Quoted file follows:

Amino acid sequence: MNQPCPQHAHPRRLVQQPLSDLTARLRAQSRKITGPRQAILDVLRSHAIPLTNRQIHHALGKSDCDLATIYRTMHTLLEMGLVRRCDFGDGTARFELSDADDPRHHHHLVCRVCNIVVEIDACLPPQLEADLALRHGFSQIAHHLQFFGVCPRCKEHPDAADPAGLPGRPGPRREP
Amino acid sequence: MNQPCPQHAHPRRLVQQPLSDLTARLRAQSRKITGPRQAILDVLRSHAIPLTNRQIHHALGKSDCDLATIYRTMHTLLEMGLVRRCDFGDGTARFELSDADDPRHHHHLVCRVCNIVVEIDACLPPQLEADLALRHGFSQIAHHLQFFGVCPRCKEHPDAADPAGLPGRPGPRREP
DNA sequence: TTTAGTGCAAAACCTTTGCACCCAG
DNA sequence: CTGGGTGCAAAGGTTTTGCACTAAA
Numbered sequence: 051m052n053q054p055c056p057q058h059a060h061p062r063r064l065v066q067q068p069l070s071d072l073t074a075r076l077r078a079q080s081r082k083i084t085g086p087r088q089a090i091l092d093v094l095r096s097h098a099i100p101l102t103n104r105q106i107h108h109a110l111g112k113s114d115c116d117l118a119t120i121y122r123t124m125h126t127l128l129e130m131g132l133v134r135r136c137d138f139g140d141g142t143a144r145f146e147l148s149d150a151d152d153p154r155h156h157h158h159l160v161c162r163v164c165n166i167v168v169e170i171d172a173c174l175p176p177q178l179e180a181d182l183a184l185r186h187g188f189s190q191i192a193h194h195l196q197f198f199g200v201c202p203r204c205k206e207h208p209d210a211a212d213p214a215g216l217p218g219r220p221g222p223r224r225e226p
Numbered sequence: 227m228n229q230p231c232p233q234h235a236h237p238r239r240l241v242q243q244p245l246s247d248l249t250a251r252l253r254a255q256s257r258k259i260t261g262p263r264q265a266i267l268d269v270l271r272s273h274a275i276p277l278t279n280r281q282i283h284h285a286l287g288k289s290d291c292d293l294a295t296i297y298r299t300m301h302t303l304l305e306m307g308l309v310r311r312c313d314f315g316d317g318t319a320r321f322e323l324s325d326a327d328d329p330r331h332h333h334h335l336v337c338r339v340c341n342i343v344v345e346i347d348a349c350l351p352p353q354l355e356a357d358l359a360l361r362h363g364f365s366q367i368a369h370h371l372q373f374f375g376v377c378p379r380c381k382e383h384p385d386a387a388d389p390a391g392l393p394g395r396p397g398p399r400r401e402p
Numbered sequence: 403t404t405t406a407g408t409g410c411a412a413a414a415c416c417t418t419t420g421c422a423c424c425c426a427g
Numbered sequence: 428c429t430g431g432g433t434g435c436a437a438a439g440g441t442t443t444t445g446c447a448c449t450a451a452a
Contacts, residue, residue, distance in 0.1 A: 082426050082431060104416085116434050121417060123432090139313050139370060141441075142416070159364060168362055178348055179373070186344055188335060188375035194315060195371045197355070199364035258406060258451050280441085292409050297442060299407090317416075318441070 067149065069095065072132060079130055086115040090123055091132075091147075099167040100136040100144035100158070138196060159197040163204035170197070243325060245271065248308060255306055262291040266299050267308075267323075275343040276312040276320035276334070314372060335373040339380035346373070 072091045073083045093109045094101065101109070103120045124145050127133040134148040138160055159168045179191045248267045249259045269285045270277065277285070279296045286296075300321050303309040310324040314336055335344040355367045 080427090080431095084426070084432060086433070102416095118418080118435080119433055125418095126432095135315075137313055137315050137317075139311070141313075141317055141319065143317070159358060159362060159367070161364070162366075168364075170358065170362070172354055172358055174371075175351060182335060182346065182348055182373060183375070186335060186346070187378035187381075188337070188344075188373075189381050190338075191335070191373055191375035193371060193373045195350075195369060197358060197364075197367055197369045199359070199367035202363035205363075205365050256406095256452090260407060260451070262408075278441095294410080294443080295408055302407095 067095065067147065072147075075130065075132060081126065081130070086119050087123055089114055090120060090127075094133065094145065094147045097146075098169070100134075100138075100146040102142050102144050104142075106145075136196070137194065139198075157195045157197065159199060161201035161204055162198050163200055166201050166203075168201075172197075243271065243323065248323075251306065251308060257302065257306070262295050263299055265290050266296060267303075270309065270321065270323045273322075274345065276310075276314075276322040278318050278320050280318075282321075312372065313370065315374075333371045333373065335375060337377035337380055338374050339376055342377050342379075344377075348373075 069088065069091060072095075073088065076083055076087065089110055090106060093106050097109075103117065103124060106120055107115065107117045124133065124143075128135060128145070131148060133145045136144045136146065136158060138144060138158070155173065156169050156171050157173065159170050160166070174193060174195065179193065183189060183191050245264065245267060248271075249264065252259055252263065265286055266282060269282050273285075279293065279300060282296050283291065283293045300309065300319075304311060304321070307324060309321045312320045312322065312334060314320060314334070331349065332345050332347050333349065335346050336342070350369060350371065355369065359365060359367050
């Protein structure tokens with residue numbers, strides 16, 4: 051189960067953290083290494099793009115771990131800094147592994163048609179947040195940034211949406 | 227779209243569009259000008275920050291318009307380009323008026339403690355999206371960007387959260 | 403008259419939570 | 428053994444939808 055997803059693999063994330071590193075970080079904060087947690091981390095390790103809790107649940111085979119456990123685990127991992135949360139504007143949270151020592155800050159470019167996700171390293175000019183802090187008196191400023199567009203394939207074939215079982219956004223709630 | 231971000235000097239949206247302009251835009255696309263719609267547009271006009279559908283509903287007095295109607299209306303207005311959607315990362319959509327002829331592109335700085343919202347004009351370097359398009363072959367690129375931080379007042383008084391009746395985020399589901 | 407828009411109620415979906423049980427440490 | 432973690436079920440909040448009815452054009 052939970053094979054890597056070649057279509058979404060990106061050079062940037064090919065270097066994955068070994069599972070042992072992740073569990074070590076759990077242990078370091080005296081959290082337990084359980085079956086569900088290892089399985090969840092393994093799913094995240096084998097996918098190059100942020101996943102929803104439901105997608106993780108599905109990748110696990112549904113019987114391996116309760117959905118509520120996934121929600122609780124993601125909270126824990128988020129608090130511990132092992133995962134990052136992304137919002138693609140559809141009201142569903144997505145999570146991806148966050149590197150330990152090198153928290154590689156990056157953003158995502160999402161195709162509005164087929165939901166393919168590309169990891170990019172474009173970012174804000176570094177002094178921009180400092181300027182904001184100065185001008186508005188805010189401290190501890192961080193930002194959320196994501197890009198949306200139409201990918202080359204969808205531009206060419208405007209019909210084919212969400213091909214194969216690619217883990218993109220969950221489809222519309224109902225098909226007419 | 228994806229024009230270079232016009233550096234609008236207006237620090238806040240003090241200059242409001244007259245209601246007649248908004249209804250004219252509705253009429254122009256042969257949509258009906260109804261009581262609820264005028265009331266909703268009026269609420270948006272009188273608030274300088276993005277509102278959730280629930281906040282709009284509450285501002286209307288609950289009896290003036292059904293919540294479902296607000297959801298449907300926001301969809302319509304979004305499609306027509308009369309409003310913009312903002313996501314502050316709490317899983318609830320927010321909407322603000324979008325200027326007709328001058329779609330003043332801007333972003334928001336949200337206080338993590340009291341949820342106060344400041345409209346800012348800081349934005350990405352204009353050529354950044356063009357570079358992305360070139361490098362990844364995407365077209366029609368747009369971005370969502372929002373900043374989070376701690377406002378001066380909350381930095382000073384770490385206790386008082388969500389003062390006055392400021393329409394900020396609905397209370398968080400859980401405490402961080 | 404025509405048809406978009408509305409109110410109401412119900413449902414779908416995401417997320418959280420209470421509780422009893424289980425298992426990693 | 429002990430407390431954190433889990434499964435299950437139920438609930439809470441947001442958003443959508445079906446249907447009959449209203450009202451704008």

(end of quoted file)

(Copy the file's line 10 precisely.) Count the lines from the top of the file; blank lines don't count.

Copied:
């Protein structure tokens with residue numbers, strides 16, 4: 051189960067953290083290494099793009115771990131800094147592994163048609179947040195940034211949406 | 227779209243569009259000008275920050291318009307380009323008026339403690355999206371960007387959260 | 403008259419939570 | 428053994444939808 055997803059693999063994330071590193075970080079904060087947690091981390095390790103809790107649940111085979119456990123685990127991992135949360139504007143949270151020592155800050159470019167996700171390293175000019183802090187008196191400023199567009203394939207074939215079982219956004223709630 | 231971000235000097239949206247302009251835009255696309263719609267547009271006009279559908283509903287007095295109607299209306303207005311959607315990362319959509327002829331592109335700085343919202347004009351370097359398009363072959367690129375931080379007042383008084391009746395985020399589901 | 407828009411109620415979906423049980427440490 | 432973690436079920440909040448009815452054009 052939970053094979054890597056070649057279509058979404060990106061050079062940037064090919065270097066994955068070994069599972070042992072992740073569990074070590076759990077242990078370091080005296081959290082337990084359980085079956086569900088290892089399985090969840092393994093799913094995240096084998097996918098190059100942020101996943102929803104439901105997608106993780108599905109990748110696990112549904113019987114391996116309760117959905118509520120996934121929600122609780124993601125909270126824990128988020129608090130511990132092992133995962134990052136992304137919002138693609140559809141009201142569903144997505145999570146991806148966050149590197150330990152090198153928290154590689156990056157953003158995502160999402161195709162509005164087929165939901166393919168590309169990891170990019172474009173970012174804000176570094177002094178921009180400092181300027182904001184100065185001008186508005188805010189401290190501890192961080193930002194959320196994501197890009198949306200139409201990918202080359204969808205531009206060419208405007209019909210084919212969400213091909214194969216690619217883990218993109220969950221489809222519309224109902225098909226007419 | 228994806229024009230270079232016009233550096234609008236207006237620090238806040240003090241200059242409001244007259245209601246007649248908004249209804250004219252509705253009429254122009256042969257949509258009906260109804261009581262609820264005028265009331266909703268009026269609420270948006272009188273608030274300088276993005277509102278959730280629930281906040282709009284509450285501002286209307288609950289009896290003036292059904293919540294479902296607000297959801298449907300926001301969809302319509304979004305499609306027509308009369309409003310913009312903002313996501314502050316709490317899983318609830320927010321909407322603000324979008325200027326007709328001058329779609330003043332801007333972003334928001336949200337206080338993590340009291341949820342106060344400041345409209346800012348800081349934005350990405352204009353050529354950044356063009357570079358992305360070139361490098362990844364995407365077209366029609368747009369971005370969502372929002373900043374989070376701690377406002378001066380909350381930095382000073384770490385206790386008082388969500389003062390006055392400021393329409394900020396609905397209370398968080400859980401405490402961080 | 404025509405048809406978009408509305409109110410109401412119900413449902414779908416995401417997320418959280420209470421509780422009893424289980425298992426990693 | 429002990430407390431954190433889990434499964435299950437139920438609930439809470441947001442958003443959508445079906446249907447009959449209203450009202451704008």